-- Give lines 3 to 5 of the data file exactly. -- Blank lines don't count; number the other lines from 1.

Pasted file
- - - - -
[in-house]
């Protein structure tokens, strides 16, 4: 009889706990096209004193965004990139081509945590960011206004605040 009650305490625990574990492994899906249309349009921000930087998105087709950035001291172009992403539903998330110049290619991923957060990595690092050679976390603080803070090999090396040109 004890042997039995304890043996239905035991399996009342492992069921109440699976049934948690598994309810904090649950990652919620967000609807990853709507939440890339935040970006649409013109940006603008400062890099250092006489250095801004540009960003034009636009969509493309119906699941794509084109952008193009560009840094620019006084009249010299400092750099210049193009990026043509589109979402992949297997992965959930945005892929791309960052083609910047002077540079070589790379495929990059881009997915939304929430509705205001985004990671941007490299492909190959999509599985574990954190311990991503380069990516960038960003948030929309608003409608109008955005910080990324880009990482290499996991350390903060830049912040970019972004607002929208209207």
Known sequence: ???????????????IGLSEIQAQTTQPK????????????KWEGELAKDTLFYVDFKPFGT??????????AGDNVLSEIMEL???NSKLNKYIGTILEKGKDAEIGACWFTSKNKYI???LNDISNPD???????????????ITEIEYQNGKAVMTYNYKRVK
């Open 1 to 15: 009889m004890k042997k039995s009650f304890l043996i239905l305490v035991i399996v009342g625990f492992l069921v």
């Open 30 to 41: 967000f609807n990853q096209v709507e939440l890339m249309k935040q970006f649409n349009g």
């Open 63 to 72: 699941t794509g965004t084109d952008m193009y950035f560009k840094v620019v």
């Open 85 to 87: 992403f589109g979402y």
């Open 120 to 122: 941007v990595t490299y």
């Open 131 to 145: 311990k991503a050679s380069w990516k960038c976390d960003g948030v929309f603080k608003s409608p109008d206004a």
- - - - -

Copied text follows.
Known sequence: ???????????????IGLSEIQAQTTQPK????????????KWEGELAKDTLFYVDFKPFGT??????????AGDNVLSEIMEL???NSKLNKYIGTILEKGKDAEIGACWFTSKNKYI???LNDISNPD???????????????ITEIEYQNGKAVMTYNYKRVK
């Open 1 to 15: 009889m004890k042997k039995s009650f304890l043996i239905l305490v035991i399996v009342g625990f492992l069921v």
């Open 30 to 41: 967000f609807n990853q096209v709507e939440l890339m249309k935040q970006f649409n349009g």